I usually end the year with a vacation in a far-flung land where I can relax and enjoy drinks with umbrellas in them. That’s why I’m surprised to find myself writing this column inside an ancient monastery about 200 miles south of Madrid. I don’t speak Spanish, but that’s not a problem because no one speaks here. We’ve all taken a vow of silence.
The rules in this monastery are as clear as the Andalusian sky: No talking and no contact with the outside world. I suffered from iPhone withdrawal during the first few days, but I’m alright now. The monks allow notebooks and pens, so that’s what I’m using to write this. I came here to clear my mind so I could think up the perfect list of New Year’s resolutions. And hey, this isn’t just about yours truly—these resolutions are for both of us!
My list is almost done and I’ll make it public next week, but right now I want to focus on you. So, after a great deal of silent meditation, I’ve come up with three resolutions that will help move your career forward in 2020. None of them will guarantee success, but they’ll certainly set you on the right path.
1. Self-tape or bust. The most important skill every actor must master in today’s industry is the art of self-taping. Nothing matters more. Here’s how I want you to look at it: A self-tape is an audition you control. If you’re in the room reading for a casting director, that person is in charge. You get one shot to get it right. But if you’re self-taping, you can try over and over until the perfect take emerges. So, here’s the plan: Put together a group of like-minded actors who can share the expense of buying everything you need to make an amazing self-tape. Then take turns practicing. Support each other. Become an amazing team of self-tape masters!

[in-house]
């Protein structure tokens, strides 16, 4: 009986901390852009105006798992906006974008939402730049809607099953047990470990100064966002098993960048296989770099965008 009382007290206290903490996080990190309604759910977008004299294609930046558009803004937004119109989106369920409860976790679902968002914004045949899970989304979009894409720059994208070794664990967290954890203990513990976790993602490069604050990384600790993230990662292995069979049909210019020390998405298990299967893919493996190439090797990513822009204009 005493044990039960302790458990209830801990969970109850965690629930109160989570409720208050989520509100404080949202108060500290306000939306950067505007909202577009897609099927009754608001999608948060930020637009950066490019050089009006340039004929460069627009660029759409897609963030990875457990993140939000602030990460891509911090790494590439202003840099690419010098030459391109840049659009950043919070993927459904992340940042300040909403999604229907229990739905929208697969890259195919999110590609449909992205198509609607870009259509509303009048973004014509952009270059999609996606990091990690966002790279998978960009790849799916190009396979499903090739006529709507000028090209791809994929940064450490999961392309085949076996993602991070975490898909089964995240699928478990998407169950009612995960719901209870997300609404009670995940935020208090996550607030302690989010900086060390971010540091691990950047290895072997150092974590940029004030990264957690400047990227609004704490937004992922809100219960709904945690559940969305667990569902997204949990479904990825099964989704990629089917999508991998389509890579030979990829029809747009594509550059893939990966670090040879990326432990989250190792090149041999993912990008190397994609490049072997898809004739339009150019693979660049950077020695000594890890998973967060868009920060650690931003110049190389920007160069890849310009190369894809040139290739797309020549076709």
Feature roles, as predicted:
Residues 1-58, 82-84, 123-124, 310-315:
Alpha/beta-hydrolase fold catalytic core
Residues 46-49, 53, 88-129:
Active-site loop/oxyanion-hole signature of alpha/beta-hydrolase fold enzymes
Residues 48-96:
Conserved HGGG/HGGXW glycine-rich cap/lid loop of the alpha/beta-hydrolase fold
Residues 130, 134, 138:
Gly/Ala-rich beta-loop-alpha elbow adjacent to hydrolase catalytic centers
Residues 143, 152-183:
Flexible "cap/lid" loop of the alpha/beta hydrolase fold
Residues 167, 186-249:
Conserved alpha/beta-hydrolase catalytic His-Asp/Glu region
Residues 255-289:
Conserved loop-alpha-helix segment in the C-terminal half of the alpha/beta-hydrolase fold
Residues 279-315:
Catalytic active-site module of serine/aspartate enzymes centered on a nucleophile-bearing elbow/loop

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2. Consider a change of scenery. There are three cities that house most of the American production scene: Los Angeles, New York, and Atlanta. There are also secondary spots like Chicago, New Mexico, and a few others in the Southeast. Your ability to find work as an actor will increase dramatically if you can be a local hire in any of these places. Start thinking about who you know where and if there’s a feasible way to make this happen.
3. Health matters. Introduce a new routine into your life that is designed to make you a healthier person. An actor’s body is a tool, so you might as well get that tool in shape. I’m not asking you to become an annoying yoga freak who can’t stop talking about their downward dog, I just want you to do one new thing every day that improves the quality of your life. Why? Because feeling good about yourself is an important part of being a successful actor!
So, there you go: simple wisdom from a Hollywood dude in an ancient place. I’m as surprised as you are. And who knows? If I stay here any longer, I might come up with a way to save network television and the dying world of union commercials. Stay tuned—and happy New Year!
This story originally appeared in the Dec. 26 issue of Backstage Magazine. Subscribe here.
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